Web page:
TER Edinburgh Castle

Standard Life employs 9,000 people in Scotland and almost half of those work in Edinburgh. The company made a statement in February this year saying that they had made contingency plans for moving from Scotland in the event of a vote for independence. This BBC article explains the context from earlier this year.

Standard Life published a further statement saying much the same thing today, on the day there was a visit by David Cameron, Nick Clegg and David Miliband to Scotland to reinforce the Union case. This is the full text of the statement:

On 18 September the Scottish people will vote on whether Scotland should be an independent country.

If there were to be a vote for independence we understand it would be at least 18 months before Scotland could become a separate country from the United Kingdom.

During this period of continued constitutional uncertainty we will provide regular updates to our customers, our advisers, our shareholders, our people and other stakeholders in our business. We will also take whatever action is required to protect our customers’ interests and maintain our competitiveness in the markets in which we operate.

As we stated in February, and repeated at our half year results in August, there continues to be uncertainty around a range of issues material to Scotland’s future in the event of Scotland separating from the United Kingdom. These include:

  • The currency that an independent Scotland would use
  • Whether agreement and ratification of an independent Scotland’s membership to the European Union would be achieved by the assumed target date (currently 24 March 2016)
  • The shape and role of the monetary system going forward
  • The arrangements for financial services regulation and consumer protection in an independent Scotland
  • The approach to individual taxation, especially around savings and pensions.

In view of the uncertainty around Scotland’s constitutional future, we have put in place precautionary measures which would help enable us to provide customers with continuity. This includes planning for new regulated companies in England to which we could transfer parts of our business if there was a need to do so.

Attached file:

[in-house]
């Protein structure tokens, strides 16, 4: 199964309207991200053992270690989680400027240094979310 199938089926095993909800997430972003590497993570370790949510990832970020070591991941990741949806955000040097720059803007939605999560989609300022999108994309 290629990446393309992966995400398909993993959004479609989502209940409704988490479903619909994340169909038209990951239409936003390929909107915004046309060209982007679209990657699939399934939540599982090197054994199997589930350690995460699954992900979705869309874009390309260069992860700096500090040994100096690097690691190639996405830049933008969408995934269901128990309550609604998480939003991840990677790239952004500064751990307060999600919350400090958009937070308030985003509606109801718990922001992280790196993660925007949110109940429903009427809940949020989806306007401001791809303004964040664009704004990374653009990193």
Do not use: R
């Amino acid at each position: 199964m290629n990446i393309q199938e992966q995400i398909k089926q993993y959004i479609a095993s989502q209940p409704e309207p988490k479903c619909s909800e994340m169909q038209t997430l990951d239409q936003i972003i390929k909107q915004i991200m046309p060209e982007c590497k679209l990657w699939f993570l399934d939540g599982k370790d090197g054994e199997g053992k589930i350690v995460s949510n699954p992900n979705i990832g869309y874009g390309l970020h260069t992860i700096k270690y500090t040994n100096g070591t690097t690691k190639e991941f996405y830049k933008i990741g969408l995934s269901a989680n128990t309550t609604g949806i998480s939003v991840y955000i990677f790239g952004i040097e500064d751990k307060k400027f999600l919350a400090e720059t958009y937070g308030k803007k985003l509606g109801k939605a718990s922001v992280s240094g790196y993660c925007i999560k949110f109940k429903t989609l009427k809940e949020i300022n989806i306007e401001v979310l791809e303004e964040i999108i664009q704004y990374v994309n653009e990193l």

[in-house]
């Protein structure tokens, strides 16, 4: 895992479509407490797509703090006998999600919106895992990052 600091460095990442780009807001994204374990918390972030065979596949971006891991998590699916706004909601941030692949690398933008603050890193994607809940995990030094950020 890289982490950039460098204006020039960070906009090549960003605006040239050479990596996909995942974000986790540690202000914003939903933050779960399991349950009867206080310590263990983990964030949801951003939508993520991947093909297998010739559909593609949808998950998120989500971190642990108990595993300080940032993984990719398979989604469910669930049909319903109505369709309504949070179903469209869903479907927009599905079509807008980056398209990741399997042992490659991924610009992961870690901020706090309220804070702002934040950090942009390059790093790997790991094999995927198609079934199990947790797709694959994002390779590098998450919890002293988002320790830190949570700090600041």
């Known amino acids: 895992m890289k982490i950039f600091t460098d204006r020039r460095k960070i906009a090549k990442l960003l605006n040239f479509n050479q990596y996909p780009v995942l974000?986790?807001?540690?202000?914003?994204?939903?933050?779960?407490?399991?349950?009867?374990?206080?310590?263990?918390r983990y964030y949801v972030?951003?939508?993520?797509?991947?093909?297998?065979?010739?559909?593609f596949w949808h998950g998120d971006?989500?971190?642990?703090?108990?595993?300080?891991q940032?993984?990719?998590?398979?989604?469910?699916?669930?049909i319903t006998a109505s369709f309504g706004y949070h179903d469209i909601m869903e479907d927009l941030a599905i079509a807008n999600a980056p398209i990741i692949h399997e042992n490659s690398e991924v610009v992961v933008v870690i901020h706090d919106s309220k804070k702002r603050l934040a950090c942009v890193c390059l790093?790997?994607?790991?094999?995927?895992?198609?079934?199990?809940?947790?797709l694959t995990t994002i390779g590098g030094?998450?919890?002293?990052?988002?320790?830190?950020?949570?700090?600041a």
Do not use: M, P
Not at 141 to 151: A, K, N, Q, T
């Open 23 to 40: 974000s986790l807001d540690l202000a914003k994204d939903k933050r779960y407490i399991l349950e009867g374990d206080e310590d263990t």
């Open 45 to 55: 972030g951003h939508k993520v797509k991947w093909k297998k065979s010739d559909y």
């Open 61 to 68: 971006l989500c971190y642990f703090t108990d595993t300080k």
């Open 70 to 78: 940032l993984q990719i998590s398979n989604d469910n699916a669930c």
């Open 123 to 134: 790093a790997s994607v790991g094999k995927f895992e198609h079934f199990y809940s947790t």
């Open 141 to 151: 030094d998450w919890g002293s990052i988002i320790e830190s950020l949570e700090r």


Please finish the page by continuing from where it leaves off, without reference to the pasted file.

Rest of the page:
This transfer of our business could potentially include pensions, investments and other long-term savings held by UK customers to ensure:

  • All transactions with customers outside of Scotland continue to be in Sterling (money paid in and money paid out)
  • All customers outside of Scotland continue to be part of the UK tax regime
  • All customers outside of Scotland continue to be covered by existing consumer protection and regulatory arrangements e.g. the Financial Services Compensation Scheme and Financial Conduct Authority

We will continue to serve our customers in Scotland and will consider what additional measures we may need to take on their behalf as a consequence of constitutional change once further clarity and certainty is received.

Standard Life will continue to be listed on the London Stock Exchange. There will be no change to the way in which share dividends are paid to shareholders.

If the referendum result is supportive of Scotland remaining part of the United Kingdom, resulting in the devolution of further powers as seems likely, we will monitor any impact that this may have on our stakeholders and take whatever action we feel is required.

Standard Life has a long history in Scotland – a heritage of which we are very proud – and we hope that this continues but our responsibility is to protect the interests of our customers, our shareholders, our people and other stakeholders in our business.

The plans we have put in place will help to ensure continuity and peace of mind for all our stakeholder groups.